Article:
Introduction

Giant reed, also known as giant cane, Arundo, and Spanish reed, originated on the Indian subcontinent. It has invaded Hawaii and the southern United States, including southern Nevada. Arundo grows rapidly in warm climates and wet soils, quickly crowding out native plants and consuming surface and ground water. Its dense stands in riparian areas provide little food or habitat for native wildlife. Its root mass holds stream and river banks, altering water flow and changing flood plains. As it dies back each season, the mass of dried grass creates a fire hazard and debris that clogs water diversion structures. It grows and spreads from seed, shoots, crowns, and roots. Giant reed is a noxious weed in Nevada.

Man in giant reed.

Distinguishing features

  • A perennial, clump-forming grass, it grows from 6 to 20 feet tall.
  • Stems are hollow, bamboo-like, and can grow 11/2 inches in diameter.
  • Green leaf blades are long and broad. Some varieties have variegated leaves.
  • Flower clusters are long, greenish to whitish to purplish, and plume-like.
  • Giant reed spreads quickly from rhizomes and can resprout from a piece of root or stem to form a new plant.

Reed stem       Reed leaf

This weed crowds out desirable forage and alters native habitats. It exists in the southern United States and is spreading rapidly to new areas, especially waterways

Take action

  • Report its location to the landowner, gardener, manager, park ranger, or weed district supervisor.
  • Remove all plant pieces from clothing, shoes, pets, camping gear, vehicle, and tire treads before moving out of an infested area.
  • Monitor lake shores and ditch, stream, and river banks. If a few plants are found, remove them, roots and all. Dispose of the plant and roots, all of which can grow a new plant, in a sealed garbage bag in the trash. Herbicides are also available to kill this plant.

Your reward

A cleaner, healthier environment and the satisfaction that you have helped make a difference!

For more information about controlling this and other invasive weeds, contact

  • University of Nevada Cooperative Extension 775-784-1334;
  • Nevada Department of Agriculture 775-688-1182; or
  • Your local Weed District manager or Conservation District

The “Wanted: Dead—Not Alive!” posters are part of an overall campaign to manage invasive and noxious weeds in Nevada. These posters are available through the University of Nevada Cooperative Extension, Integrated Pest Management Office, Department of Resource Economics / MS 204, University of Nevada, Reno, Reno, NV 89557-0105. They are also available on the UNCE website. Information may be copied in its entirety for educational use. Local weed districts and other organizations may add their office address and phone number at the bottom of each poster. Information on quantity printing may be obtained by contacting the IPM office or calling (775) 784-1931.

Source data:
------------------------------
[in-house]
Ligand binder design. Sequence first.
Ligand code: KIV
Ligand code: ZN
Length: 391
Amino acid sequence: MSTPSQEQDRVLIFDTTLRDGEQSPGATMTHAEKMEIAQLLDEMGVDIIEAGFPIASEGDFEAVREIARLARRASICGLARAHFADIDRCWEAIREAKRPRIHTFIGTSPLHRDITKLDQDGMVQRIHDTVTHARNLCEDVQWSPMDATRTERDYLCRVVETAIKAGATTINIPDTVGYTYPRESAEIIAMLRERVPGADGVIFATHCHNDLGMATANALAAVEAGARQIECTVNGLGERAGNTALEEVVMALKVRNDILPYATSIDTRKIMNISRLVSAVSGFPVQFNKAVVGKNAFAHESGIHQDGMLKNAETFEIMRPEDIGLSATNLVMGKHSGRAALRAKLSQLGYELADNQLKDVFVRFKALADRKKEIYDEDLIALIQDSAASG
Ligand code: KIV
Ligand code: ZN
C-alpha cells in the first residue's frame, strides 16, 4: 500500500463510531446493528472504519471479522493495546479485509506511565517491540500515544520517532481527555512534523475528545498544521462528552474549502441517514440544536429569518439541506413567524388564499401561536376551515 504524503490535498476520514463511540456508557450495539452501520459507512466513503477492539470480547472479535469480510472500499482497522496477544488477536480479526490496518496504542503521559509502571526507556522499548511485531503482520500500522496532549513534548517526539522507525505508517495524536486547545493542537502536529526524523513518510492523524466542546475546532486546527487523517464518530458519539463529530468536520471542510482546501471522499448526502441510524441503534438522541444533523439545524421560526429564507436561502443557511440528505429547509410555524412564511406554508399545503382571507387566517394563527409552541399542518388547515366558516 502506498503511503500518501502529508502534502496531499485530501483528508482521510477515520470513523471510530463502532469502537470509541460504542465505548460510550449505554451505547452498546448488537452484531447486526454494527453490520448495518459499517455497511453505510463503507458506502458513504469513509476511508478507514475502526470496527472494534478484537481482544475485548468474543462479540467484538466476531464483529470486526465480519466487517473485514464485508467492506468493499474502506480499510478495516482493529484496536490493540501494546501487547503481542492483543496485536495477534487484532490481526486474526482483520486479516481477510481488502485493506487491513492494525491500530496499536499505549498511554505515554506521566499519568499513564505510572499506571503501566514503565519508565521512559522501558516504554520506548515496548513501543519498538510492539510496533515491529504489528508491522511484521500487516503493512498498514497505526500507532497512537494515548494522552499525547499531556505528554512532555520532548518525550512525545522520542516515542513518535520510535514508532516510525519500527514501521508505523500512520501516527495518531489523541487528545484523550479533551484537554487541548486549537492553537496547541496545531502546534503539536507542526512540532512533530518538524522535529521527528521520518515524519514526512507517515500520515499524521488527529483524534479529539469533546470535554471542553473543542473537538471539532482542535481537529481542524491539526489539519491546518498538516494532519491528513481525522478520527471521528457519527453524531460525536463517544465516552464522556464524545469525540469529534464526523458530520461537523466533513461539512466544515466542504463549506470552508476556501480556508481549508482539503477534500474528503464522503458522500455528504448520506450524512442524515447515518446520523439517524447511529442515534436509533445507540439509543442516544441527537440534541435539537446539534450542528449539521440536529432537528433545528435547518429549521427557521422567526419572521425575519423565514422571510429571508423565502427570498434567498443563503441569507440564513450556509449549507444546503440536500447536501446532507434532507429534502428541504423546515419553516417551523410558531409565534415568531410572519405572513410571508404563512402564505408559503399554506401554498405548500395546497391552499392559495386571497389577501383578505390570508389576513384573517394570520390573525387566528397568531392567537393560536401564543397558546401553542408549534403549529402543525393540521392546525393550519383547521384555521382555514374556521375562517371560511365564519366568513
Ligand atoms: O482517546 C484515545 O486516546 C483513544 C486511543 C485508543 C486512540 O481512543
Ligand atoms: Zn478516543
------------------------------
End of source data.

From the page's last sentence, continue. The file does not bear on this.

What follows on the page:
The following posters of Nevada’s noxious weeds are available

  • African Rue
  • Austrian Fieldcress
  • Austrian Peaweed
  • Black Henbane
  • Bull Thistle*
  • Camelthorn
  • Canada Thistle
  • Carolina Horsenettle
  • Common Crupina
  • Dalmatian Toadflax
  • Diffuse Knapweed
  • Dyer’s Woad
  • Eurasian Watermilfoil
  • Giant Reed
  • Giant Salvinia
  • Goatsrue
  • Green Fountaingrass
  • Hoary Cress/Whitetop
  • Houndstongue
  • Hydrilla
  • Iberian Starthistle
  • Johnsongrass
  • Leafy Spurge
  • Malta Starthistle
  • Mayweed Chamomile
  • Mediterranean Sage
  • Medusahead
  • Musk Thistle
  • Oxeye Daisy*
  • Perennial Pepperweed/Tall Whitetop
  • Perennial Sowthistle
  • Poison Hemlock
  • Puncturevine
  • Purple Loosestrife
  • Purple Starthistle
  • Rush Skeletonweed
  • Russian Knapweed
  • Sahara Mustard
  • Saltcedar/Tamarisk
  • Scotch Thistle
  • Spotted Knapweed
  • Squarrose Knapweed
  • St. Johnswort/Klamath Weed
  • Sulfur Cinquefoil
  • Syrian Beancaper
  • Western Waterhemlock
  • White Horsenettle
  • Wild Licorice*
  • Yellow Starthistle
  • Yellow Toadflax

 

 

 

 

 

 

 

 

 

 

* Not a noxious weed in Nevada

Johnson, W. and Strom, S. 2021, Giant Reed, Extension | University of Nevada, Reno, FS-06-21

Authors of this scholarly work are no longer available.

Please contact Extension's Communication Team for assistance.

 

Also of Interest:

 
Grazing Effects on Pool Forming Features in Central Nevada. Myers, T. and S. Swanson. 1994, Pages 235-244 In: Effects of Human Induced Changes on hydrologic systems Am. Water Res. Assoc. Symposium Proc.:. Jackson Hole, WY, June 26-29.
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Robinson, M.L., Johnson, W.S., Post, R.L., and Carlos, W.J. 2004, Extension, University of Nevada, Reno, SP-04-12
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Land managers and stream restorationists often set goals or complete designs including specifications for pools that are unrealistic because Of a lack of knowledge of the potential conditions of the stream. Using 36 study sites on 17 rangeland streams in Nevada in the western ...
Myers, T. J. and S. Swanson. 1997, J. of Hydrology, 201:62-81.